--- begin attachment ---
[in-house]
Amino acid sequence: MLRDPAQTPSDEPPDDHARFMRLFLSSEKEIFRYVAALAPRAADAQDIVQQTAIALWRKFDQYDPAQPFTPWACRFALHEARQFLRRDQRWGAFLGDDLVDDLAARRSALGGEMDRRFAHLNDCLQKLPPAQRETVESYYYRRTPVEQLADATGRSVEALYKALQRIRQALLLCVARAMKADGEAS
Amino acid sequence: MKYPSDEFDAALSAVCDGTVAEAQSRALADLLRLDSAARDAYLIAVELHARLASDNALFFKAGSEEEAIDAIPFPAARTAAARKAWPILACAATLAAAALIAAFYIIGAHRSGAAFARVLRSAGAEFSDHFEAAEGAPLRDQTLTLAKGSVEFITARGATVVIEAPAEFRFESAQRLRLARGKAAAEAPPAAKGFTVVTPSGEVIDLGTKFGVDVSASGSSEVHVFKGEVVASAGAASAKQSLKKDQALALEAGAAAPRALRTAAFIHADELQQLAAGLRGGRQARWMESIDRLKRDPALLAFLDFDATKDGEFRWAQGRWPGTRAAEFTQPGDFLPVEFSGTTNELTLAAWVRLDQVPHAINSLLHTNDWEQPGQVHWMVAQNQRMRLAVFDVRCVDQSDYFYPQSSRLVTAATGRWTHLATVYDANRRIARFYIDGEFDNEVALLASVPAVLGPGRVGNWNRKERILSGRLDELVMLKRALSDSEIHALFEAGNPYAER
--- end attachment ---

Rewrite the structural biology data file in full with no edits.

[in-house]
Amino acid sequence: MLRDPAQTPSDEPPDDHARFMRLFLSSEKEIFRYVAALAPRAADAQDIVQQTAIALWRKFDQYDPAQPFTPWACRFALHEARQFLRRDQRWGAFLGDDLVDDLAARRSALGGEMDRRFAHLNDCLQKLPPAQRETVESYYYRRTPVEQLADATGRSVEALYKALQRIRQALLLCVARAMKADGEAS
Amino acid sequence: MKYPSDEFDAALSAVCDGTVAEAQSRALADLLRLDSAARDAYLIAVELHARLASDNALFFKAGSEEEAIDAIPFPAARTAAARKAWPILACAATLAAAALIAAFYIIGAHRSGAAFARVLRSAGAEFSDHFEAAEGAPLRDQTLTLAKGSVEFITARGATVVIEAPAEFRFESAQRLRLARGKAAAEAPPAAKGFTVVTPSGEVIDLGTKFGVDVSASGSSEVHVFKGEVVASAGAASAKQSLKKDQALALEAGAAAPRALRTAAFIHADELQQLAAGLRGGRQARWMESIDRLKRDPALLAFLDFDATKDGEFRWAQGRWPGTRAAEFTQPGDFLPVEFSGTTNELTLAAWVRLDQVPHAINSLLHTNDWEQPGQVHWMVAQNQRMRLAVFDVRCVDQSDYFYPQSSRLVTAATGRWTHLATVYDANRRIARFYIDGEFDNEVALLASVPAVLGPGRVGNWNRKERILSGRLDELVMLKRALSDSEIHALFEAGNPYAER